Part of my kitchen-to-bathroom renovation project involved re-framing the floor to accomodate the new plumbing. The tricky part about that was there was no access to the floor framing from below, so, I had to remove the flooring. Good thing I did because one of the joists was split right in the middle! That helps explain why the floor always felt a little bouncy. One of the first things I noticed about the joists while removing them was how light they were, followed by the interesting amount of bug holes, and because I now tend to knock on any new board, the sound it made. Curiosity piqued, I ran a small piece through the planer and discovered it was chestnut! Why they used chestnut for floor framing is a mystery to me. I guess it was rather plentify back in the '30's when the house was made. So, now I've got a couple of rough-sawn chestnut boards that have been air drying for 80 years...hmmm...let's find out how it sounds as a guitar! I'm going to try a few new things on this build...
The tough part now was to find enough decent pieces to make the body. This is what I'm starting with:
Planed the boards flat, edges planed, apply glue, apply pressure...and wait.
Glue cured, thickness planed..
...paper template applied with double sided tape...
...shape is cut out and edges are sanded.
About three years ago, I made "DiveBomb" Betty and she was to be painted by my sister in the style of WW II bomber plane nose art. It was a cool concept, and the sketches were great, but, after three years, I was tired of waiting. I needed a neck and didn't feel like making a new one...sooo...I cut the neck off Betty.
I cleaned off the glue and paint using scrapers, planes and chisels.
Aligned boards to route the neck pocket.
Maybe the bug holes should be referred to as micro-tone chambers.
Pictures missing of routing the pickup cavities. Note this is the first time I've made a guitar with a humbucker in the neck position. After playing Drew's Universe and hearing the neck pickup tone I knew it was something I wanted to try next.
Gotta drill the pickup wire hole before installing the neck.
Obligatory neck glue pic...
- Pictures missing of routing the contol cavity, drilling holes for the volume knob, jack and switch -
While the glue was drying, I dug around the shop for a good looking piece for the control cavity cover and found a nice piece of maple, but it was too thick. It was also kinda weird shaped so I couldn't rip it on the band saw. So, time to put the hand saw to use...
I located the bridge and drilled the string holes from the top, and decided to try using an alignment pin to drill the ferrule holes on the bottom. First, get a piece of scrap that had a consistant thickness (MDF works well) and drill a through hole. Now put double sided tape on one side with the drill bit coming through and with about 1/2" of the shank sticking up on the other side. Use a little super glue to hold it in place. This is the "alignment pin".
Make sure you have enough clearance for the ferrule hole drill bit and the guitar body, then chuck the bit and board into the drill press and press it down onto the base. Un-chuck the bit and board, then chuck the ferrule pit. The two bits should be perfectly aligned.
Set the guitar top string holes onto the alignment pin and drill!
Another new thing I'm trying is a spray finish. Since I made a buffing machine, I may as well use it on something. Rather than use ultra-stinky lacquer, I decided to try spar urethane (Helmsman brand from Home Depot) and set up a little area in the basement. I figured with the dehumidifier down there, it would be a decent place to spray. So, I made a Dexter-ish area...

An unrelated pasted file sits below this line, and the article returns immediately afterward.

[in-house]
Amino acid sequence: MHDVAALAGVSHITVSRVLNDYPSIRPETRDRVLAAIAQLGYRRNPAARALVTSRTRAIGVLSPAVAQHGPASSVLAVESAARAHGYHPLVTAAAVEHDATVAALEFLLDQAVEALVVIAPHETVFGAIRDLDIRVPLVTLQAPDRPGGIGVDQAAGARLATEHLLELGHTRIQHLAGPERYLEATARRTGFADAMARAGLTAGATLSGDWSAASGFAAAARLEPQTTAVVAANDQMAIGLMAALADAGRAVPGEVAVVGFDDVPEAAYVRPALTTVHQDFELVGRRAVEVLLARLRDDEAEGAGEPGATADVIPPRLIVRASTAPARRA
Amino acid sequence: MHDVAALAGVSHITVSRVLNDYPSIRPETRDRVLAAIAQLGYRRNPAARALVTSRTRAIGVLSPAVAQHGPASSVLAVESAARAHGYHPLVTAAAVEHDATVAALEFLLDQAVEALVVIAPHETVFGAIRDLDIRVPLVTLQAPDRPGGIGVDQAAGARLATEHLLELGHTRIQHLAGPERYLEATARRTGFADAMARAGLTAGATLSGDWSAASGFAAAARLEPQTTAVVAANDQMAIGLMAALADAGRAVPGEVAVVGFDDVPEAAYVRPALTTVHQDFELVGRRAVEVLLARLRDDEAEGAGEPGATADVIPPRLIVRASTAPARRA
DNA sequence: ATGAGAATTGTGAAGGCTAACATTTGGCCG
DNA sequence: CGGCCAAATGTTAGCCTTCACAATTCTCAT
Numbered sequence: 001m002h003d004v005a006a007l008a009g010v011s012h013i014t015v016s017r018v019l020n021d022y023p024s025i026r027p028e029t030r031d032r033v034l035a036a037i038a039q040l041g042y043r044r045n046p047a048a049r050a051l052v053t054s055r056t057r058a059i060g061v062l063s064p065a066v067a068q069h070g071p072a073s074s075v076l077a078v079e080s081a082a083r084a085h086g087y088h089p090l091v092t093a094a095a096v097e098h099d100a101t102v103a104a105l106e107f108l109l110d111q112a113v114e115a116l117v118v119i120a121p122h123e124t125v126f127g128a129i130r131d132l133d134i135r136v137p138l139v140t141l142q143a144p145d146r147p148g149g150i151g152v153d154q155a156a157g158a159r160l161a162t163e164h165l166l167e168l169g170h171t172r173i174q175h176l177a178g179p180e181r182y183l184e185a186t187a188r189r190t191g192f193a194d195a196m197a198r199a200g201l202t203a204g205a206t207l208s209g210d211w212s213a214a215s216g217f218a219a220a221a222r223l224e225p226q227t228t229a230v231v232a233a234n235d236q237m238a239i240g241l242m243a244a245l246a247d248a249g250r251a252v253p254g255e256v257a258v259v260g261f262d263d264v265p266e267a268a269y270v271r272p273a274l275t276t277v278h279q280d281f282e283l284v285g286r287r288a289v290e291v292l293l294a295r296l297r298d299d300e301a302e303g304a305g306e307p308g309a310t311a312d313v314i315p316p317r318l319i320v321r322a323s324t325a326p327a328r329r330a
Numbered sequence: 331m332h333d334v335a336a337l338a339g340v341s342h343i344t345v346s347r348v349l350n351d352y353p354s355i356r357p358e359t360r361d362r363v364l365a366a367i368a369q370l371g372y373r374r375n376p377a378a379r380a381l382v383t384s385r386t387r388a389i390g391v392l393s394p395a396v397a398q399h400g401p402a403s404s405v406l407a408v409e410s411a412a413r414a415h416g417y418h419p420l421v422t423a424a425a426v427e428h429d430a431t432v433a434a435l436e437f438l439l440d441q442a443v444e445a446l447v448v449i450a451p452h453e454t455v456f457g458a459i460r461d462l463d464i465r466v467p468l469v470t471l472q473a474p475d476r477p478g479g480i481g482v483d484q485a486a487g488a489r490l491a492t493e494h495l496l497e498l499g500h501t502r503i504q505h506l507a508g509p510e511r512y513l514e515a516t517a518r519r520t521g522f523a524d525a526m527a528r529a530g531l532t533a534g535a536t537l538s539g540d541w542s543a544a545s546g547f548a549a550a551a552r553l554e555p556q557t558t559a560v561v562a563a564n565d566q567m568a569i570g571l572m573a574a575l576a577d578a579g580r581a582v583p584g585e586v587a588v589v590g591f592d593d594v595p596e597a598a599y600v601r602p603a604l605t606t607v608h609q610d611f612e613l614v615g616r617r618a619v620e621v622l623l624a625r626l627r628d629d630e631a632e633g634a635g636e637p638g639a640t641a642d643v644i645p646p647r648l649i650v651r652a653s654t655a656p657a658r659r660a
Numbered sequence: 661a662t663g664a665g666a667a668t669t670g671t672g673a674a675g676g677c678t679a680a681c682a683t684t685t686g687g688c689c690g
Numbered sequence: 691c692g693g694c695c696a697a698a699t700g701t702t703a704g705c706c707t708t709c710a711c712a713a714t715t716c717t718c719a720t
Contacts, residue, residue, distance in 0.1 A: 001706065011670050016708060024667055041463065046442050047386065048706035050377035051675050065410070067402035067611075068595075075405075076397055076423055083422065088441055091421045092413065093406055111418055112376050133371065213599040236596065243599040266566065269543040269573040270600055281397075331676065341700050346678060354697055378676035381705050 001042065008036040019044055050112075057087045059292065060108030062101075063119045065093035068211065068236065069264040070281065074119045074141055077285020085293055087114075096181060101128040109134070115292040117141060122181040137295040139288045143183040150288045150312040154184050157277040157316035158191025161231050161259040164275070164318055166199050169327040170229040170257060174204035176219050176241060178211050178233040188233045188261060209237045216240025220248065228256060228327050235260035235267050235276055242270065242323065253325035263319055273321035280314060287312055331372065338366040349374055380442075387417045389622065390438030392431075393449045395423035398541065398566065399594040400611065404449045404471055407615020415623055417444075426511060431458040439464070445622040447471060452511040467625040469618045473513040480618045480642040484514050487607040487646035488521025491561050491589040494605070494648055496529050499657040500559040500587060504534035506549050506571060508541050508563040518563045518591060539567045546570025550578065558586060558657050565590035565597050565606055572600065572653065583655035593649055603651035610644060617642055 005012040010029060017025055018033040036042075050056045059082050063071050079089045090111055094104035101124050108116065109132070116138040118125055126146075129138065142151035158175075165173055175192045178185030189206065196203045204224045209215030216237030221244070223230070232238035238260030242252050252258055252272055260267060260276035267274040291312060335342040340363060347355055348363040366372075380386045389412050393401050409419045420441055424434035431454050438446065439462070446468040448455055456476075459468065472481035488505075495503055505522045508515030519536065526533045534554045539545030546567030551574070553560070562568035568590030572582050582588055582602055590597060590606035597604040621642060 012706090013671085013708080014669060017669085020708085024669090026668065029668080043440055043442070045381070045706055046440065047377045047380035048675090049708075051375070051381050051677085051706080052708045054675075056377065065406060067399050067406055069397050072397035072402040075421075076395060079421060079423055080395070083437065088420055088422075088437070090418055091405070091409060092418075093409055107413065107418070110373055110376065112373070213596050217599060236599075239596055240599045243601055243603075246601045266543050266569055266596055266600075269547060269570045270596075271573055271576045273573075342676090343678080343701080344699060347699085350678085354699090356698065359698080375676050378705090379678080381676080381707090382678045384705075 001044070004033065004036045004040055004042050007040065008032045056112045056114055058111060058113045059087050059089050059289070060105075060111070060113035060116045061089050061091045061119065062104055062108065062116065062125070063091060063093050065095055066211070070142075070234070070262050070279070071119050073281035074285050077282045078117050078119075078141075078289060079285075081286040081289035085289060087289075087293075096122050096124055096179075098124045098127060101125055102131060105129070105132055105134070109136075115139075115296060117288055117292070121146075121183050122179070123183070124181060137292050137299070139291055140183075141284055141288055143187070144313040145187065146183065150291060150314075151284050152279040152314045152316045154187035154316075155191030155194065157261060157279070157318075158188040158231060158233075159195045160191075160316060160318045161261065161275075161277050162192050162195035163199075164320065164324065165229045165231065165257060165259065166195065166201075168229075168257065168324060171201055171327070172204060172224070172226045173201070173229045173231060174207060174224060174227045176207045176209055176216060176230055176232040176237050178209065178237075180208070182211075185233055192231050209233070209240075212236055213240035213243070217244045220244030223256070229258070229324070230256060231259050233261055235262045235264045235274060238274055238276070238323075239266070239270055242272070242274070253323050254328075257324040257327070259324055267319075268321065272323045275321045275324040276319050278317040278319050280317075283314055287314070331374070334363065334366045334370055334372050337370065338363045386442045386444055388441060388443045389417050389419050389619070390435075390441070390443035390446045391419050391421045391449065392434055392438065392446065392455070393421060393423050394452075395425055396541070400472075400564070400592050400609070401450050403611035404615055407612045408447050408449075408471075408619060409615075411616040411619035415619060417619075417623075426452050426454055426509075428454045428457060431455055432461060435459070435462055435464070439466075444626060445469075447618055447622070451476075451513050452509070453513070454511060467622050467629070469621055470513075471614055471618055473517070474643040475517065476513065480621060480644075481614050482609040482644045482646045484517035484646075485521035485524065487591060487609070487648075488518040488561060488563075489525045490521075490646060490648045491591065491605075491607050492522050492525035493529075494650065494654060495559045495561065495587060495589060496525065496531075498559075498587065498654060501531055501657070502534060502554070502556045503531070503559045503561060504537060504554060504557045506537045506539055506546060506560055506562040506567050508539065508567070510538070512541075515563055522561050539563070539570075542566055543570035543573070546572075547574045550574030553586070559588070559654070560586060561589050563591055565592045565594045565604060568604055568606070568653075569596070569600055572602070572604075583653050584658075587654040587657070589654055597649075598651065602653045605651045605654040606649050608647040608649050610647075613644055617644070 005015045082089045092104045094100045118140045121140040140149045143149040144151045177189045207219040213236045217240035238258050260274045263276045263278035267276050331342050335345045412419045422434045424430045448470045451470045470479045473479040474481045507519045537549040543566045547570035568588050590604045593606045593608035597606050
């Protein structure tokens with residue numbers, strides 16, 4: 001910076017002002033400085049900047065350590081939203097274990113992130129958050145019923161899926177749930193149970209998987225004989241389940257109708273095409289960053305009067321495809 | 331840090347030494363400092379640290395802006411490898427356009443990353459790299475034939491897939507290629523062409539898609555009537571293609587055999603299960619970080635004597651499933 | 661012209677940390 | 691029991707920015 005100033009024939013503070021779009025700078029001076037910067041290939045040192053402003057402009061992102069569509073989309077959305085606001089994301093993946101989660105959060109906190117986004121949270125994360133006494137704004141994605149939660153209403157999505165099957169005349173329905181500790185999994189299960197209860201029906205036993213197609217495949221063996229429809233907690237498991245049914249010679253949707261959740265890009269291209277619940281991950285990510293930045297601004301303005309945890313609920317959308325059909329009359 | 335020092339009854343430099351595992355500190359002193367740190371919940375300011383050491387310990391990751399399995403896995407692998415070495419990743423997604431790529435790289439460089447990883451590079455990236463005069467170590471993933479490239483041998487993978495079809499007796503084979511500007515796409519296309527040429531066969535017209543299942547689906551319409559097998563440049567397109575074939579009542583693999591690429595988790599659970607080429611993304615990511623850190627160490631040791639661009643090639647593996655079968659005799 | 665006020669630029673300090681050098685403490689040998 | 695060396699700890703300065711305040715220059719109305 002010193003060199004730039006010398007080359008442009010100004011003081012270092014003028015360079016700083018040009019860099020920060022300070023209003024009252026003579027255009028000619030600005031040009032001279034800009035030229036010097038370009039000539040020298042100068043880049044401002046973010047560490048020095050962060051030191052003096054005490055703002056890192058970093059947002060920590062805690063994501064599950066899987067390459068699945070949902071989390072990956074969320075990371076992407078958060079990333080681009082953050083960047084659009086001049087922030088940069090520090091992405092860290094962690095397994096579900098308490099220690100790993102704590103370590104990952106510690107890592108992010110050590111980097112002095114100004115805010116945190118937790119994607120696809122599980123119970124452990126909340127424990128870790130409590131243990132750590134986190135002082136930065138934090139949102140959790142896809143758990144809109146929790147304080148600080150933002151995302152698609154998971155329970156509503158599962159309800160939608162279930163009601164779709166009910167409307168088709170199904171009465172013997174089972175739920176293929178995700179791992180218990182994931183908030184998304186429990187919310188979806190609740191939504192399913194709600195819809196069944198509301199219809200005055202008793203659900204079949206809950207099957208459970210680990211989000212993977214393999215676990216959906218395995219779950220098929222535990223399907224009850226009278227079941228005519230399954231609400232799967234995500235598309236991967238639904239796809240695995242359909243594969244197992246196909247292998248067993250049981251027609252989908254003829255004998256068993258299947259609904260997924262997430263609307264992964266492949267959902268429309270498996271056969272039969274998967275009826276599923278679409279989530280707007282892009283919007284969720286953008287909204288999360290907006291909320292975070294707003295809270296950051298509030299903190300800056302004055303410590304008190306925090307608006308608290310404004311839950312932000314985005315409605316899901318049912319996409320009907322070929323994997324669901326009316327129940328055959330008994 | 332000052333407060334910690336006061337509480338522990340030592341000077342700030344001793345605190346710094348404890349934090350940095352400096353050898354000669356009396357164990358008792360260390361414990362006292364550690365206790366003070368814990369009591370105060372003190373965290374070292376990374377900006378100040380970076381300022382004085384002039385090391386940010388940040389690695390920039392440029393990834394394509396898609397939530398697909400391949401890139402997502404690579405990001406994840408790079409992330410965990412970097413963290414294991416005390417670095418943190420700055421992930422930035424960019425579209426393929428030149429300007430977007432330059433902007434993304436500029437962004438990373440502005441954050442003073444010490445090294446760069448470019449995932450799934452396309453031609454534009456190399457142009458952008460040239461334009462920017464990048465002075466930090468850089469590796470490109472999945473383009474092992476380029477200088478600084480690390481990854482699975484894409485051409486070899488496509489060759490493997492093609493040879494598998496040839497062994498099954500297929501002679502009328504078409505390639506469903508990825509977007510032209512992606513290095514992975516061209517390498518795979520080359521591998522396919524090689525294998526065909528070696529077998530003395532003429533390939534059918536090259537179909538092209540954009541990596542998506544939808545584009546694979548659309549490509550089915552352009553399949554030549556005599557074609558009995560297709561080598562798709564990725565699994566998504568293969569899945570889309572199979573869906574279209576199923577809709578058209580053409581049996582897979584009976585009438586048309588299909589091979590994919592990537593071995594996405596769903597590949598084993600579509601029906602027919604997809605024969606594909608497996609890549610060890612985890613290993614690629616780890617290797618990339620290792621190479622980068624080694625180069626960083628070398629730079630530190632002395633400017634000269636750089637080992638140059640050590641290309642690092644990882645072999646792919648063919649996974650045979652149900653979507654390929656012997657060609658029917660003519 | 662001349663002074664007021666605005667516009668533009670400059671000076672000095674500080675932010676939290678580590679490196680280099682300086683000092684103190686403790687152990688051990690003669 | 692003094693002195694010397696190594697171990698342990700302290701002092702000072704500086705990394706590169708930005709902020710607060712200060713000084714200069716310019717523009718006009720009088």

...masked off the neck and wiped it down with naptha..
Yeah, that didn't work out so well. The smell was just as bad as lacquer and the dehumidifier didn't help at all. Luckly the weather was decent (low humidity, low wind) so I sprayed the rest outside and brought it inside between coats. I did seven coats, one per hour, and used three cans of spray. Three days later it was time to level sand, and it was then that I realized I should have grain filled! Damnit!
It buffed out ok, but, it's a guitar made from a floor joist so don't expect too much.
Next was the neck. I know maple doesn't have to be grain filled, so at least that's not an issue. I was looking forward to having a clear coat on the fingerboard because oiled maple fingerboards look old and dirty very quickly. The tricky part was the frets. Do I mask them individually or spray the whole thing then go back and mask the fingerboard and take off the clear coat with steel wool all at once? The thought of masking each fret did not sound fun, so I decided to spray the whole thing at once. Again, spraying outside...
While that was curing I started making the pickups...
The clear coat looked as good as I hoped! Schweet!
Time to mask of the frets and remove the clear coat.
That was a total pain in the ass! Steel wool didn't do anything so I ended up having to cut and scrap away the clear coat off each fret, then go back over it with steel wool. Next time, I'll mask each fret. Ok time to take off the masking...
I don't know what I did wrong. The prep was right. The humidity was right. It cured for three days...so pissed off...I had to scrape all the clear off and managed to mess up the fingerboard in the process....more lessons learned. Guess it's gonna be oil after all.
Time to drill the hole for the bridge ground wire. Gotta get the angle just right...
Ferrules are installed using a hammer and wooden dowel.
Copper foil shielding is installed.
Wiring in process...
My apologies to Chris for the un-tidy wiring. It's not pretty, but, not much about this guitar is.
Done! It was late last night and I only got one crappy picture before my phone battery died. Better pictures tomorrow.
How does it sound? How does it play? I don't know yet! It was way late and I didn't feel like messing with it anymore. Full report tomorrow.